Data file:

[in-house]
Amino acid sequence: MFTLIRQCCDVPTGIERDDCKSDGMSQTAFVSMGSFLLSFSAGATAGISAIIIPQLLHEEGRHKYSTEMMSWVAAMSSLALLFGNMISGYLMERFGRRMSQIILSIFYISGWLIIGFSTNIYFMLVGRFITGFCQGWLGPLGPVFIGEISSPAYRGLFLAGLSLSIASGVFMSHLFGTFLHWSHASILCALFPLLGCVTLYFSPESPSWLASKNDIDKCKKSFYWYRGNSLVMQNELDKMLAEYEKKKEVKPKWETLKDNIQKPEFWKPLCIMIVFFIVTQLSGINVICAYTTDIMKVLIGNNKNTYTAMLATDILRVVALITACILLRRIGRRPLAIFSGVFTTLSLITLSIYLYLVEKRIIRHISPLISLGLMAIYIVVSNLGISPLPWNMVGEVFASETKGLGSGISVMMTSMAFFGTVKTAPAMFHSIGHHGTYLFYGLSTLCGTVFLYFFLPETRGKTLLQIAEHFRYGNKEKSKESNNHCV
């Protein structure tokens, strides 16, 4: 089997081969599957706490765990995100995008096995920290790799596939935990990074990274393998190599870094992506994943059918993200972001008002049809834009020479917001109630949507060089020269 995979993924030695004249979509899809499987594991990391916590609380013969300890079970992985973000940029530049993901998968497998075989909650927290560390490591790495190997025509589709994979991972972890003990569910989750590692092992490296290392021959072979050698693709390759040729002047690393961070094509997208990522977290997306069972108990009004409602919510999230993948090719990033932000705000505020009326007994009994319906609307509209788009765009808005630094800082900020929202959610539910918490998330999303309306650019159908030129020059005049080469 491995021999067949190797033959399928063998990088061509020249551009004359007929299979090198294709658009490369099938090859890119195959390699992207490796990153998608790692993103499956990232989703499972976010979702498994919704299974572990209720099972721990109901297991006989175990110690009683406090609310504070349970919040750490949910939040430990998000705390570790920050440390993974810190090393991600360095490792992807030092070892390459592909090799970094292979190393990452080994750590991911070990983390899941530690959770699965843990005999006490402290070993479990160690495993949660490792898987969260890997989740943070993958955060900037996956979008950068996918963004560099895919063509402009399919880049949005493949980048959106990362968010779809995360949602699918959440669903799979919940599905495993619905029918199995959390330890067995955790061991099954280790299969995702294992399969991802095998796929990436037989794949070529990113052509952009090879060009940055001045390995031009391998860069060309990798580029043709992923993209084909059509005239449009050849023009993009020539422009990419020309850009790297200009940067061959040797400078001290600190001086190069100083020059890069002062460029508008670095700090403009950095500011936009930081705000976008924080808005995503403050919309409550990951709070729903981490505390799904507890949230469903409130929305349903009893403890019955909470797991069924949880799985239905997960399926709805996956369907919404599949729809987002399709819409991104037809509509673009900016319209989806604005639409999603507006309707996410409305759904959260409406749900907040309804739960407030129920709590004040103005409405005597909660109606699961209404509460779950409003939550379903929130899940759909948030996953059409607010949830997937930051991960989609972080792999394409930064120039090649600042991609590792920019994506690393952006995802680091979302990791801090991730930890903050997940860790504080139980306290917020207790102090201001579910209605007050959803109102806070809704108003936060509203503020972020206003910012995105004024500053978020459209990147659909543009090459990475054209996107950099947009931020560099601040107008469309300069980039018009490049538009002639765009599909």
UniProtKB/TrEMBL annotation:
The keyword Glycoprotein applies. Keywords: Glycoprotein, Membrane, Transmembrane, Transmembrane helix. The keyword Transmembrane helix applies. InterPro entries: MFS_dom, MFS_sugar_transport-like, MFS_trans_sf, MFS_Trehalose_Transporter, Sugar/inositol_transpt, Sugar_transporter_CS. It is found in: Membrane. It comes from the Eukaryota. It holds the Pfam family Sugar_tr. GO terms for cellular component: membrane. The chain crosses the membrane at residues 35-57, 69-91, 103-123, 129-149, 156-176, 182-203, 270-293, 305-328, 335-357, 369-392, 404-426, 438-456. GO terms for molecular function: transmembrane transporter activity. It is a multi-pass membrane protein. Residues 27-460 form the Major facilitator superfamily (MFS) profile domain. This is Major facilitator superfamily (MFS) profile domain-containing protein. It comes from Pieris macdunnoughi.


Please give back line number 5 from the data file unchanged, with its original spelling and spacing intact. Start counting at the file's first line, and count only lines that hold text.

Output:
The keyword Glycoprotein applies. Keywords: Glycoprotein, Membrane, Transmembrane, Transmembrane helix. The keyword Transmembrane helix applies. InterPro entries: MFS_dom, MFS_sugar_transport-like, MFS_trans_sf, MFS_Trehalose_Transporter, Sugar/inositol_transpt, Sugar_transporter_CS. It is found in: Membrane. It comes from the Eukaryota. It holds the Pfam family Sugar_tr. GO terms for cellular component: membrane. The chain crosses the membrane at residues 35-57, 69-91, 103-123, 129-149, 156-176, 182-203, 270-293, 305-328, 335-357, 369-392, 404-426, 438-456. GO terms for molecular function: transmembrane transporter activity. It is a multi-pass membrane protein. Residues 27-460 form the Major facilitator superfamily (MFS) profile domain. This is Major facilitator superfamily (MFS) profile domain-containing protein. It comes from Pieris macdunnoughi.